Features

Features

National Counterintelligence and Security Center

CI and Security Advocacy

 

The IC uses the Intelligence Planning Programming, Budgeting, and Evaluation (IPPBE) system to effectively shape and sustain intelligence capabilities through the development of the National Intelligence Program (NIP).  NCSC oversees the CI and security NIP resources and advocates for our Federal Partners to implement CI and security programs not funded by the NIP.

 

Through mission reviews, based on the implementation of the National CI Strategy and the state-of-the-mission, based on the Unifying Intelligence Strategy for CI, NCSC assesses progress toward closing key intelligence gaps and finds ways to leverage existing CI capabilities before proposing new ones.

National and IC Strategy Development

 

NCSC leads the development, implementation and assessment of the National CI Strategy that guides US Government and private sector entities to unify CI efforts at home and abroad.  NCSC also leads the development, implementation and assessment of the Unifying Intelligence Strategy for Counterintelligence for the Intelligence Community.  NCSC leads comprehensive assessment programs to identify gaps, make recommendations about priorities, and inform and shape resource and budget decisions.

 

i.    National CI and Security Policy Development
NCSC is responsible for national CI and security policy development and policy compliance oversight. The National Counterintelligence Policy Board, established by the Counterintelligence and Security Enhancements Act of 1994, serves as the principal mechanism for developing national policies and procedures to guide the conduct of counterintelligence activities across the US Government.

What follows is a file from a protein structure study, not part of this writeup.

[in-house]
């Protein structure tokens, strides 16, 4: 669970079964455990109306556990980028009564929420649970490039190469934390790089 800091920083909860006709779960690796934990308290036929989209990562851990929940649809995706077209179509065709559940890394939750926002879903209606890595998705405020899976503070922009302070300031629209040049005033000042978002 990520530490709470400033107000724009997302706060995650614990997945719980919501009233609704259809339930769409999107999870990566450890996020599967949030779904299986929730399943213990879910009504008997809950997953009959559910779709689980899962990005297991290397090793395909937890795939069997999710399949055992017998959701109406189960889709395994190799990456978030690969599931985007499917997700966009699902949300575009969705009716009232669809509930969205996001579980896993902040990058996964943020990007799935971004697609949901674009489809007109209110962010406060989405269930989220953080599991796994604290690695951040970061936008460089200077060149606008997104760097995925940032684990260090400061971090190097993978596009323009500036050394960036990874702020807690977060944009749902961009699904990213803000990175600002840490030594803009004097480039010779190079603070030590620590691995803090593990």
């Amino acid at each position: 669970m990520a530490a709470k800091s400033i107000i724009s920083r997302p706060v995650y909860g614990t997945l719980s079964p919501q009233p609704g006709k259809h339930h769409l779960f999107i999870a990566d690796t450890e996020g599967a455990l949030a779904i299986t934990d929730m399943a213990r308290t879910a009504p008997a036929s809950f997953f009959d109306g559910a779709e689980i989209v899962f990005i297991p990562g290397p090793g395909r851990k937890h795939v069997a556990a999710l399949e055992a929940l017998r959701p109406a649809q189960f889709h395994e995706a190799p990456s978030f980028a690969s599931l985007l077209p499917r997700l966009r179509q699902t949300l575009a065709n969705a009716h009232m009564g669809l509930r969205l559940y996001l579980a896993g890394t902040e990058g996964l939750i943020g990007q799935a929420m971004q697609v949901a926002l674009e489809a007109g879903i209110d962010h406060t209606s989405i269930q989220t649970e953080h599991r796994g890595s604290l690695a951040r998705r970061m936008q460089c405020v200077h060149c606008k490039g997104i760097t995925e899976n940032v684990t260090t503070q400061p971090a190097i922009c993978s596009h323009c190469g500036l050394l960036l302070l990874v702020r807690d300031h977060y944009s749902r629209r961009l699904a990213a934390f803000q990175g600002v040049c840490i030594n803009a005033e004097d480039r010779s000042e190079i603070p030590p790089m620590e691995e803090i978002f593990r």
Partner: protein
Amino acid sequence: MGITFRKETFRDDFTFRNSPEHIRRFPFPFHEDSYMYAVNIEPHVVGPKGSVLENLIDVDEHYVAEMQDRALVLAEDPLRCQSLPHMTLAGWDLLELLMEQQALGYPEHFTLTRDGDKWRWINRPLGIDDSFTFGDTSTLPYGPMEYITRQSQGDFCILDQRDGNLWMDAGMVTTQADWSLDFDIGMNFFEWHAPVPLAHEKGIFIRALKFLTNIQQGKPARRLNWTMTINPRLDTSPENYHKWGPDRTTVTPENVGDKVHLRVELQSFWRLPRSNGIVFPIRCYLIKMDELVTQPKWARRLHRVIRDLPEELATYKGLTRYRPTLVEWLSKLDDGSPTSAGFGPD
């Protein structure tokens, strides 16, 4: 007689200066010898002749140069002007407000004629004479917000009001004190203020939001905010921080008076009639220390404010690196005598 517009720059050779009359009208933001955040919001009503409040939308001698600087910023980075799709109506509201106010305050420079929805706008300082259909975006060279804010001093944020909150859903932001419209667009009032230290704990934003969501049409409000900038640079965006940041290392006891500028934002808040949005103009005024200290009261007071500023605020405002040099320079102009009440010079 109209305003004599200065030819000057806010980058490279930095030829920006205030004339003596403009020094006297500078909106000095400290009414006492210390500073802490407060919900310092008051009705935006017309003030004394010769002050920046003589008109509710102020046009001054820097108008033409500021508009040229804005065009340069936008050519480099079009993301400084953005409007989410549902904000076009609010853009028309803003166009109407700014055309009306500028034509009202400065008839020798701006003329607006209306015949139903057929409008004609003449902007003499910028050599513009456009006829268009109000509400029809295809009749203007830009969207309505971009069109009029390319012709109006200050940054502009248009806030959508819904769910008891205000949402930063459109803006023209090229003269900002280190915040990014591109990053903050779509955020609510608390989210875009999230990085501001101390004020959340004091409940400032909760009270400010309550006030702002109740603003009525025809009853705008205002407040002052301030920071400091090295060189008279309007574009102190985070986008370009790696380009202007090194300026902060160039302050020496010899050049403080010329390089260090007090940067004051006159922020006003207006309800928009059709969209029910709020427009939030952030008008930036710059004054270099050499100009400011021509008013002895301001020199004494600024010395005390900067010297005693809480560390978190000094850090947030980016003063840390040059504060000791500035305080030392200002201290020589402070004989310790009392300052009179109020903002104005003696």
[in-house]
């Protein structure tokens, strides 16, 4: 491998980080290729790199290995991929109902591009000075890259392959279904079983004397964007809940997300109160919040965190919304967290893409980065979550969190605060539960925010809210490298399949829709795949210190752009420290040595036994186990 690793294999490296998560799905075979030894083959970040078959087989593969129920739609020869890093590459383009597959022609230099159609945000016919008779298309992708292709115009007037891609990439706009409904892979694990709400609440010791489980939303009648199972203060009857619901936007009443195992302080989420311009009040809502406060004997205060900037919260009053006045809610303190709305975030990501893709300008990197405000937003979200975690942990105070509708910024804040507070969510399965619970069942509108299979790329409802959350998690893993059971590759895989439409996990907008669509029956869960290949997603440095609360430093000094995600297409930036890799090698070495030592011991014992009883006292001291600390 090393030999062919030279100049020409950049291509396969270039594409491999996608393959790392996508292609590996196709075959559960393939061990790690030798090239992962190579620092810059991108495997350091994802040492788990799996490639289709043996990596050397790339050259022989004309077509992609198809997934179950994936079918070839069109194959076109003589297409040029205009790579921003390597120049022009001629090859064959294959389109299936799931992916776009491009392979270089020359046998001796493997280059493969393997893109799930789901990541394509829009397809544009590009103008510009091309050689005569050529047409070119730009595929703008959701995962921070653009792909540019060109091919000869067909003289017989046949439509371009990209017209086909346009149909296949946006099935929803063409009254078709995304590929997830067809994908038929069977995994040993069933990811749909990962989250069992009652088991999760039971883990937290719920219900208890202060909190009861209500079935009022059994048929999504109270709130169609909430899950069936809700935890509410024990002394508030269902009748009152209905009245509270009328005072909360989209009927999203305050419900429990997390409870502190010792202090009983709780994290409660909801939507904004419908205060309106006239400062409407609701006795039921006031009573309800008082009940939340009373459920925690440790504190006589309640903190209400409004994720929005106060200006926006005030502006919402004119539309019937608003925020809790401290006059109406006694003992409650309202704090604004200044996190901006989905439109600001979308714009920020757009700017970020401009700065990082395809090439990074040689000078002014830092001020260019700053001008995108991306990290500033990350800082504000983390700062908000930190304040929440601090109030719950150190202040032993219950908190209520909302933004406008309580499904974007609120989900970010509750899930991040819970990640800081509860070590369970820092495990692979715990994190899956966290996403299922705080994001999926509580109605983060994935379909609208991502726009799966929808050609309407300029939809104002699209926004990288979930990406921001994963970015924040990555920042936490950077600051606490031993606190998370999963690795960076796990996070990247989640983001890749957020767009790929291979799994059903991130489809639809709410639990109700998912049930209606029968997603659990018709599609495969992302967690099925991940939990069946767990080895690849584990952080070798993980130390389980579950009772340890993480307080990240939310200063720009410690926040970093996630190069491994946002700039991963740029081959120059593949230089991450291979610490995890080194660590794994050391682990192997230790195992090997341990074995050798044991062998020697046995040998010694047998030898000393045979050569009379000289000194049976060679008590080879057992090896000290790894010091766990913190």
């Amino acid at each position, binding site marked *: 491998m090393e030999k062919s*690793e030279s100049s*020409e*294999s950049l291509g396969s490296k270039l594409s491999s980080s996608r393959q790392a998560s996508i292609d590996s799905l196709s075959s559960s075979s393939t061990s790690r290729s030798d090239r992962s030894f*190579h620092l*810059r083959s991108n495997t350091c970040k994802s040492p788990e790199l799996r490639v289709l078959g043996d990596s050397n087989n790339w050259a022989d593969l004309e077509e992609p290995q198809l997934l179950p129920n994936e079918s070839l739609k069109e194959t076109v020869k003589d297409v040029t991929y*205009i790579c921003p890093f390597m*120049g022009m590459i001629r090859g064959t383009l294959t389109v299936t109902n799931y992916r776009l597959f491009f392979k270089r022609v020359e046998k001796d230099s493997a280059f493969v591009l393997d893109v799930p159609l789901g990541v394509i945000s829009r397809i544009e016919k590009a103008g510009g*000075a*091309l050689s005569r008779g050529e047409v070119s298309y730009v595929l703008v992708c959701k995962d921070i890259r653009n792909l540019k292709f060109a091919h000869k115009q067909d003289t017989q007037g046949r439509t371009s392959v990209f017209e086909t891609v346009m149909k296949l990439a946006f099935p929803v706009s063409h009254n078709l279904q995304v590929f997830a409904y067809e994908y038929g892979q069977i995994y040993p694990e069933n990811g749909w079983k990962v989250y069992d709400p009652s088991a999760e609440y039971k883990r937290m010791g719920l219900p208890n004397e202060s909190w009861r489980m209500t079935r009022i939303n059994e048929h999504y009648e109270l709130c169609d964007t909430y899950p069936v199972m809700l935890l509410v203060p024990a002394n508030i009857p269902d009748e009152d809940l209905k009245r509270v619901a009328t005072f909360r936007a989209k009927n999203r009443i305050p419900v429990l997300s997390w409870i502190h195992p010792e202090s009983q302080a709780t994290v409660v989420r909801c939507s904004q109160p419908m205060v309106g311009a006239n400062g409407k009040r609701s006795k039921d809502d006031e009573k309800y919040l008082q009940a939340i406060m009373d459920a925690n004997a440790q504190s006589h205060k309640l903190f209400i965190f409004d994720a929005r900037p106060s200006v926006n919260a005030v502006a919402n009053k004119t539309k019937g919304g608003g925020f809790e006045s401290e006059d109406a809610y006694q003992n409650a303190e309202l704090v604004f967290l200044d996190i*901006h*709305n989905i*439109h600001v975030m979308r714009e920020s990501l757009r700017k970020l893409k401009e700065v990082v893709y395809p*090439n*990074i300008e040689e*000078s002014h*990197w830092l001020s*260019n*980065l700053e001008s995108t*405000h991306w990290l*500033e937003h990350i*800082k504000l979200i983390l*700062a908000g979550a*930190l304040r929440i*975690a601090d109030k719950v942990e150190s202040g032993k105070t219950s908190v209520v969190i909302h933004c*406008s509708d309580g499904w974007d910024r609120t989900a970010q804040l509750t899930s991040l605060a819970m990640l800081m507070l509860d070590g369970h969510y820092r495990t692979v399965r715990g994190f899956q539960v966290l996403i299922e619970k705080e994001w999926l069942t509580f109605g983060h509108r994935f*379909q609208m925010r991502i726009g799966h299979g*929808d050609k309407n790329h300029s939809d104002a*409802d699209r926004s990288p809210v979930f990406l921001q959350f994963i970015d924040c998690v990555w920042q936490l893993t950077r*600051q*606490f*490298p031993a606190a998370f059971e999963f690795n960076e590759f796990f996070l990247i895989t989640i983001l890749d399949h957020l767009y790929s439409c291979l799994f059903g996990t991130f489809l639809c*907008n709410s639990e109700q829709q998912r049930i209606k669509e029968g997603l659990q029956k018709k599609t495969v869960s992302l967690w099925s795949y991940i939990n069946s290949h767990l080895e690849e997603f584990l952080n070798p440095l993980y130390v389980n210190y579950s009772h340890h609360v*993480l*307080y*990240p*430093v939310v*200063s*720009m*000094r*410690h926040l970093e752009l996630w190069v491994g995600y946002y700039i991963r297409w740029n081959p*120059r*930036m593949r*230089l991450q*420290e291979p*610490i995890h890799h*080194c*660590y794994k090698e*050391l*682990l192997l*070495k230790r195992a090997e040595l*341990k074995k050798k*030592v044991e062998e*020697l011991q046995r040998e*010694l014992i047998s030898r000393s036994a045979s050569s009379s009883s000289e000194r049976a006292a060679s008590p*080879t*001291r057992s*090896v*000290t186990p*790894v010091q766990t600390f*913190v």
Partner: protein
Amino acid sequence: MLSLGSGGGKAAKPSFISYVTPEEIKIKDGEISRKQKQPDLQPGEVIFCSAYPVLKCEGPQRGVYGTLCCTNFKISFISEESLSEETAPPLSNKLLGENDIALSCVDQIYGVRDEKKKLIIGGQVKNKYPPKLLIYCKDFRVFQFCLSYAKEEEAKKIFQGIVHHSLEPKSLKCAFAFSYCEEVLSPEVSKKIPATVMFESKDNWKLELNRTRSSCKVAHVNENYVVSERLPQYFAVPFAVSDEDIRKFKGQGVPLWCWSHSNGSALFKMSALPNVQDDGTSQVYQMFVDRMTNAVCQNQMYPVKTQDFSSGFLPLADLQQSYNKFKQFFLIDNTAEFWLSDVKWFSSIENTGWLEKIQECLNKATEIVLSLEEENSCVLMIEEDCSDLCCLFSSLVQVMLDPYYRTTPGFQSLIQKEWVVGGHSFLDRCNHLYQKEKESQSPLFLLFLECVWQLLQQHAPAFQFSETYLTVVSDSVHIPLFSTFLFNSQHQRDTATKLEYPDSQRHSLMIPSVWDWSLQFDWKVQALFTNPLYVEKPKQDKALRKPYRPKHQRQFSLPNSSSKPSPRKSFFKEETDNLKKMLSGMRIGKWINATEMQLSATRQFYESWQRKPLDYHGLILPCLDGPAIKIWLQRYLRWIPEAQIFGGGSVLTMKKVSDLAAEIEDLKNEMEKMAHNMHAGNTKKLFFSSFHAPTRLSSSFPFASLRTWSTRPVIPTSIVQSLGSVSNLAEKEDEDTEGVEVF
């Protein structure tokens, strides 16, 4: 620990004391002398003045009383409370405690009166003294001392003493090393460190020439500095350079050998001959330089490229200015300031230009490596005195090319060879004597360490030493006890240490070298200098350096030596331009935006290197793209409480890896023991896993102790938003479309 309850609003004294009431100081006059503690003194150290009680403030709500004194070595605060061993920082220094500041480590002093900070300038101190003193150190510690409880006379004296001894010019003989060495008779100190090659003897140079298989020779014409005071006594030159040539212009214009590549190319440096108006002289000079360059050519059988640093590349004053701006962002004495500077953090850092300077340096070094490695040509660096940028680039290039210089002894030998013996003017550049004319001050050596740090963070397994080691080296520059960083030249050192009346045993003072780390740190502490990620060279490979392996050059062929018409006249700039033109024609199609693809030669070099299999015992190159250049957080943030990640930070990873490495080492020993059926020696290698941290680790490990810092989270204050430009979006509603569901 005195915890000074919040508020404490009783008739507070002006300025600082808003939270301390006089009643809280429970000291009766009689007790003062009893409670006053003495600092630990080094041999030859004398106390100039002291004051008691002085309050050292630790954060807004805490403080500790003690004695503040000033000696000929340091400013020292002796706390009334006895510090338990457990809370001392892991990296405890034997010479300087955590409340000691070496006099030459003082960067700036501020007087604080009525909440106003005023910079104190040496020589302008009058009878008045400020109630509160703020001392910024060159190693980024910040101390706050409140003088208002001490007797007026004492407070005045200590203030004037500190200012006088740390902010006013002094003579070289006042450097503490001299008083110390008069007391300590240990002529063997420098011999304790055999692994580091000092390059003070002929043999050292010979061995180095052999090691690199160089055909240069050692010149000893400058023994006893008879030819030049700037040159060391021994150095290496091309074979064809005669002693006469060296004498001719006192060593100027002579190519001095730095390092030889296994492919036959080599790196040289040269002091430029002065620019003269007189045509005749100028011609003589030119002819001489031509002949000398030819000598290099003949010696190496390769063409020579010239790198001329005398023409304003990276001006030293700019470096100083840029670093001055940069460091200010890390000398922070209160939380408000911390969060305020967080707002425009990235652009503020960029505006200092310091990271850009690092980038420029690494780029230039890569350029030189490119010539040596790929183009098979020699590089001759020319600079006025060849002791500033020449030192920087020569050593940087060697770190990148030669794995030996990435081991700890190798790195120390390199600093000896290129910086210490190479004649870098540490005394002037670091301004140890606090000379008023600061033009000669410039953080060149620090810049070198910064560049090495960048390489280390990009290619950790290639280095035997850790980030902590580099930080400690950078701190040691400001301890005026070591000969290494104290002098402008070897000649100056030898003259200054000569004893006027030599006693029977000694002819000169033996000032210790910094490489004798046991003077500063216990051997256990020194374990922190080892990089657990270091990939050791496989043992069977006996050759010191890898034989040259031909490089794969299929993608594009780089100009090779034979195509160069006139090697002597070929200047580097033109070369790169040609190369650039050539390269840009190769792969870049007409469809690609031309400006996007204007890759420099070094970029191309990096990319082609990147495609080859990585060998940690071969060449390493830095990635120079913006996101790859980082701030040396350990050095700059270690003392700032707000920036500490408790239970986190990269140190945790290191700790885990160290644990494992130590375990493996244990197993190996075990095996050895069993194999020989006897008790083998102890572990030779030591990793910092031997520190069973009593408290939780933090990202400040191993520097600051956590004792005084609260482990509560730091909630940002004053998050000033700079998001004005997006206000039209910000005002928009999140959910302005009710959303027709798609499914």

For personnel security under SecEA authorities, in coordination with the Suitability Executive Agent, NCSC ensures that policies, procedures and standards relating to suitability of contractor and employee fitness, eligibility to hold a sensitive position, access to federally controlled facilities and information systems, and eligibility for access to classified information are aligned to the extent possible, for reciprocal recognition and protection of national security information.

 

ii.    Intelligence Community Policy and Guidance
NCSC facilitates and monitors the implementation and effectiveness of IC CI and security policies and programs, and develops recommendations for new or modified policies; develops and promulgates IC CI and security standards and other guidance to implement CI and security policies.

Physical Security

 

NCSC works with the Department of State to protect classified national security information and to perform other security-related functions affecting U.S. diplomatic and consular facilities abroad.

 

Technical and cyber threat assessments bring an understanding of foreign scientific and technical developments and capabilities that might pose potential threats, targets, or opportunities for the U.S. Government and its partners.  

 

Technical Surveillance Countermeasures (TSCM) represent the convergence of counterintelligence and security.  Countermeasures are designed to detect and nullify a wide variety of technologies used to gain unauthorized access to classified national security information, restricted data or otherwise sensitive information.

 

Relevant Reports, Briefings, & Reading Material

 
i.    Protecting U.S. Embassies and Consulates